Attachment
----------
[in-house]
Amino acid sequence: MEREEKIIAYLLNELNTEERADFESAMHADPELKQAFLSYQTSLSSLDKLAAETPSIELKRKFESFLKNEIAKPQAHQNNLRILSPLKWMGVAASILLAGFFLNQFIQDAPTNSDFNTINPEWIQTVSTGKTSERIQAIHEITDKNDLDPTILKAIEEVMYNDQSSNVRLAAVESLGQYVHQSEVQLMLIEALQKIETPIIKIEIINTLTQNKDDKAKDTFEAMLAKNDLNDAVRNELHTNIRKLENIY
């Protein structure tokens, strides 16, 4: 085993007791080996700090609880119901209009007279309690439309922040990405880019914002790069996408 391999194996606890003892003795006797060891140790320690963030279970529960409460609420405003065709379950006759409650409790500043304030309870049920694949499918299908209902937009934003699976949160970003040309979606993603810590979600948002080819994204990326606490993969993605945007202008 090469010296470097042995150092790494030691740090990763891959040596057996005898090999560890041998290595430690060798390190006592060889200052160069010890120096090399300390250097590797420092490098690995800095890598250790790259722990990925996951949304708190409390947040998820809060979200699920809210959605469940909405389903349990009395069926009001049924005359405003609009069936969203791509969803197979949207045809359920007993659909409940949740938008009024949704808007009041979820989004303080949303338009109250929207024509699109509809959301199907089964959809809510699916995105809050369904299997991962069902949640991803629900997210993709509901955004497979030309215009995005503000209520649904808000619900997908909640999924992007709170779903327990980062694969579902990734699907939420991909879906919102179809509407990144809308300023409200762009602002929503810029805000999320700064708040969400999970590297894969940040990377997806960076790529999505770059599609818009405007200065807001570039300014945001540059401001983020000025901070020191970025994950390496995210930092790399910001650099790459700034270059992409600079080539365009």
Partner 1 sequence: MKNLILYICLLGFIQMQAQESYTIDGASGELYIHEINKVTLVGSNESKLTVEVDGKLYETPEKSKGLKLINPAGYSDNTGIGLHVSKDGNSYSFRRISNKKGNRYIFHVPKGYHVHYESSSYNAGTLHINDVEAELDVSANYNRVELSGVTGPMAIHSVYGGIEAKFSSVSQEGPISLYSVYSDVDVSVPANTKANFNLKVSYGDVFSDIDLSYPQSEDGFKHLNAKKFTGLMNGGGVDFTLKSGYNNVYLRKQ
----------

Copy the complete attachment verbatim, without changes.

[in-house]
Amino acid sequence: MEREEKIIAYLLNELNTEERADFESAMHADPELKQAFLSYQTSLSSLDKLAAETPSIELKRKFESFLKNEIAKPQAHQNNLRILSPLKWMGVAASILLAGFFLNQFIQDAPTNSDFNTINPEWIQTVSTGKTSERIQAIHEITDKNDLDPTILKAIEEVMYNDQSSNVRLAAVESLGQYVHQSEVQLMLIEALQKIETPIIKIEIINTLTQNKDDKAKDTFEAMLAKNDLNDAVRNELHTNIRKLENIY
């Protein structure tokens, strides 16, 4: 085993007791080996700090609880119901209009007279309690439309922040990405880019914002790069996408 391999194996606890003892003795006797060891140790320690963030279970529960409460609420405003065709379950006759409650409790500043304030309870049920694949499918299908209902937009934003699976949160970003040309979606993603810590979600948002080819994204990326606490993969993605945007202008 090469010296470097042995150092790494030691740090990763891959040596057996005898090999560890041998290595430690060798390190006592060889200052160069010890120096090399300390250097590797420092490098690995800095890598250790790259722990990925996951949304708190409390947040998820809060979200699920809210959605469940909405389903349990009395069926009001049924005359405003609009069936969203791509969803197979949207045809359920007993659909409940949740938008009024949704808007009041979820989004303080949303338009109250929207024509699109509809959301199907089964959809809510699916995105809050369904299997991962069902949640991803629900997210993709509901955004497979030309215009995005503000209520649904808000619900997908909640999924992007709170779903327990980062694969579902990734699907939420991909879906919102179809509407990144809308300023409200762009602002929503810029805000999320700064708040969400999970590297894969940040990377997806960076790529999505770059599609818009405007200065807001570039300014945001540059401001983020000025901070020191970025994950390496995210930092790399910001650099790459700034270059992409600079080539365009």
Partner 1 sequence: MKNLILYICLLGFIQMQAQESYTIDGASGELYIHEINKVTLVGSNESKLTVEVDGKLYETPEKSKGLKLINPAGYSDNTGIGLHVSKDGNSYSFRRISNKKGNRYIFHVPKGYHVHYESSSYNAGTLHINDVEAELDVSANYNRVELSGVTGPMAIHSVYGGIEAKFSSVSQEGPISLYSVYSDVDVSVPANTKANFNLKVSYGDVFSDIDLSYPQSEDGFKHLNAKKFTGLMNGGGVDFTLKSGYNNVYLRKQ